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New York law protects tenants and restricts landlords

On Behalf of | Oct 12, 2023 | Landlord/Tenant

The rent laws in New York have changed many times over the years, which has left many tenants unsure of where they would stand if they became embroiled in a legal dispute with their landlords. Some tenants believe that their landlords could cut off their utilities or evict them from their apartments without warning if they fail to pay their rents on time, but New York law prohibits this kind of behavior. It also places a cap on rent increases and restricts what landlords can do with security deposits.

Late rent and eviction

Landlords may threaten to cut off a tenant’s heat or water or electricity supply when rent is paid late or not at all, but following through on this threat would violate New York landlord and tenant law. Landlords in New York are not permitted to shut off utilities, and they are required to make sure that their units have an ample supply of hot water at all times and heat between October and June. If a landlord wants to evict a tenant for the nonpayment of rent, they must first obtain a warrant of eviction signed by a judge. They may not change locks or remove furniture.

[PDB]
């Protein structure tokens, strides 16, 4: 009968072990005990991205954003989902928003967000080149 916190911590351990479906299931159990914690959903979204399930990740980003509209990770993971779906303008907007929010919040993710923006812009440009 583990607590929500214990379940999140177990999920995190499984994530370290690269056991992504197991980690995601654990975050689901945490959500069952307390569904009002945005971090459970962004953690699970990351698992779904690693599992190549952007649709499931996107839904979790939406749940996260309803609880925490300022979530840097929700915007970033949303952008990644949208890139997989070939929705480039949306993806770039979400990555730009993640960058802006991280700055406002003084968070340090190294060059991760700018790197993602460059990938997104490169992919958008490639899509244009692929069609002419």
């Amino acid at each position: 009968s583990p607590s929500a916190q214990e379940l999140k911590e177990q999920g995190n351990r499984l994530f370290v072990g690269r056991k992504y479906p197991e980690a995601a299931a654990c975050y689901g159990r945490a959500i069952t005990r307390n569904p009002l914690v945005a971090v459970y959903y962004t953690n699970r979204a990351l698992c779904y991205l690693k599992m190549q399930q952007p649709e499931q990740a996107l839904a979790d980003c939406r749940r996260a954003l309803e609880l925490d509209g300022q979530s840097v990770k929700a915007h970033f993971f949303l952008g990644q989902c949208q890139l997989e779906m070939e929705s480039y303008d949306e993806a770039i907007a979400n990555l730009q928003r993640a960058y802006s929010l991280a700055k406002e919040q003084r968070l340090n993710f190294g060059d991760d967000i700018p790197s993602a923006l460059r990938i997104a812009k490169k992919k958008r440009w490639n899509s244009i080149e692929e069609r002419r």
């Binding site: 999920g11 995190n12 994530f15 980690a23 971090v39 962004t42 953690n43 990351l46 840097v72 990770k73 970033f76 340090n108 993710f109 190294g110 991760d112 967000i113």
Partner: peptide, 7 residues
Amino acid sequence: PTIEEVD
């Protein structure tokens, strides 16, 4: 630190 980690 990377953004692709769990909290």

Security deposits and rent increases

New York law now limits security deposits to the equivalent of a single month’s rent, and landlords can only deduct unpaid rent and the costs of repairing damage caused by the tenant from this money. Recently passed legislation bolsters tenant rights by prohibiting landlords from raising rents unreasonably. It also caps rent increases based on building improvements at 2% per year. If landlords wish to raise the rent on a unit by 5% or more, they must provide tenants with a written notice at least 30 days before the increase goes into effect.

Tenants should know their rights

The laws in New York protect tenants and place restrictions on landlords, but people who live in rented accommodation are often unaware of their rights and believe that the legal system is stacked against them. If tenants knew more about their rights, landlords would not be able to intimidate them with empty threats.